Although Mathematics has been around for centuries now, there are still many mathematical problems that require unique interventions, and solving them may just be your ticket to fame and fortune. Like in the case of the most unassuming Dr Neena Gupta, a professor from the Indian Statistical Institute (ISI), Kolkata, who became the youngest person ever to receive the prestigious Shanti Swarup Bhatnagar Prize for solving the 70-yr-old puzzle Zariski Cancellation Problem.

The prize, announced every year on September 26th to celebrate the Council of Scientific and Industrial Research's (CSIR) Foundation Day, is given out to recognise a handful of scientists and researchers across many disciplines for having made outstanding contributions to science and technology in India.

Dr Neena, who won the award at 35, is not only the youngest, but also only the third woman to win the honour till date.

As per Research Matters, while in the later half of the 20th century and early 21st century, many eminent mathematicians have tried to work out a solution for the Zariski Cancellation Problem, this particular problem had remained open for about 70 years, before Dr. Neena came up with a complete solution to it in 2014.

The mathematician had stated in interviews that she was not someone who got full marks in maths, but is someone who loved to solve problems and spend hours doing maths.

Her love for math made her pursue a degree in Mathematics honours from Bethune College, Kolkata in 2016. She then went on to study Mathematics at the post-graduate level from ISI. After which, the mathematician entered the Indian academic ring with a PhD in Algebraic Geometry.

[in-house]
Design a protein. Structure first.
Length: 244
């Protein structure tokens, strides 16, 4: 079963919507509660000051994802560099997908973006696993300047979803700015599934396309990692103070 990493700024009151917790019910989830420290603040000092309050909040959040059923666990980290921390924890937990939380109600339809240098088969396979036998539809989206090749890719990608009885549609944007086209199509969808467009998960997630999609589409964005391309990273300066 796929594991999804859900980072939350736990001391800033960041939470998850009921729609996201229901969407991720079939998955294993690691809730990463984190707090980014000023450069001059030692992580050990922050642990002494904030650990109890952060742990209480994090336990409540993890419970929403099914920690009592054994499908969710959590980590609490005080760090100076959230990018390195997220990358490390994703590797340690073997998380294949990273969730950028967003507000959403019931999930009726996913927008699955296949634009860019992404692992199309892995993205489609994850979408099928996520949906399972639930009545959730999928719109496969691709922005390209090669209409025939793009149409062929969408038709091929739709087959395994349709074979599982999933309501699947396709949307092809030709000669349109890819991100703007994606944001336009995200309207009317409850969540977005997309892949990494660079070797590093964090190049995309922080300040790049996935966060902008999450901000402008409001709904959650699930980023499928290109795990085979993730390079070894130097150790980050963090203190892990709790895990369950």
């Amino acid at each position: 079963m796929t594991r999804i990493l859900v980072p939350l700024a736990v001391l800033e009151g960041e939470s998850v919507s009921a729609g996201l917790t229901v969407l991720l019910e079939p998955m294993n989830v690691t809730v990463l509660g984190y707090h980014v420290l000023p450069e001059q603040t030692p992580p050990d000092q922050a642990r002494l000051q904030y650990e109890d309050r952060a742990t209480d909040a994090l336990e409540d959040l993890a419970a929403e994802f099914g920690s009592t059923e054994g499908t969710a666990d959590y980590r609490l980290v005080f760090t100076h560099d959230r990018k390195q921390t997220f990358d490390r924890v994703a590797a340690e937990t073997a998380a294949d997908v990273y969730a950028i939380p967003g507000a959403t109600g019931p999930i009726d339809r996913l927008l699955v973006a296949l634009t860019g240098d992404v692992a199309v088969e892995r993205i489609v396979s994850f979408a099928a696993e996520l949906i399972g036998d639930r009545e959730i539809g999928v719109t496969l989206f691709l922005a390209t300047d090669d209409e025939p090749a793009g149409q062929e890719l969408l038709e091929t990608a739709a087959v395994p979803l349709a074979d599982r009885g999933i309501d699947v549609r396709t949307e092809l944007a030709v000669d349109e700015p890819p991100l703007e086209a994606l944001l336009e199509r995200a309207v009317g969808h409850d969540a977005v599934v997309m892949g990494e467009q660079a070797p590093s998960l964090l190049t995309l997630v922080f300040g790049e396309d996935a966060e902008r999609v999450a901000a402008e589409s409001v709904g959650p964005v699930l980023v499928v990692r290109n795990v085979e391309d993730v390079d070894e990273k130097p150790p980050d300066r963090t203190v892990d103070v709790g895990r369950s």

As an Associate Professor at the Theoretical Statistics and Mathematics Unit of the Indian Statistical Institute, she published her first research paper on the Zariski Cancellation Problem in 2014.

She also won the Indian National Science Academy–Young Scientist Award in the same year for her work on the Zariski Cancellation Problem.

In the last few years, Dr Neena has provided solutions to two open problems, one of which was posed by Oscar Zariski (1899-1986) - one of the founders of modern Algebraic Geometry.

Affine Algebraic Geometry, the research area of Dr. Neena, deals with the understanding of the properties of geometric objects that arise as solutions of systems of polynomial equations. Her natural strength being in Algebra, she approaches these problems using algebraic methods. Another field of her research is commutative algebra- which provides a base for a vast body of pure mathematics.

She describes these open mathematical conjectures as problems which can be easily explained to mathematicians but are very difficult to solve. The 'Zariski Cancellation Problem' has intrigued mathematicians around the globe, since a version of it was proposed by O. Zariski in 1949.

Another problem solved by Dr Neena was posed by Masayoshi Miyanishi, who is now revered as a father figure among the present affine algebraic geometers.

Dr Neena has won numerous awards and honours for her work in the past. Some of these include the Saraswathi Cowsik Medal from the Tata Institute of Fundamental Research in 2013; the Swarnajayanti Fellowship by the Indian government, as well as the Ramanujan Prize from the University of Madras in 2014; she has also won the A.K. Agarwal Award for the best publication by the Indian Mathematical Society in 2015.

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*(Edited by Anju Narayanan)*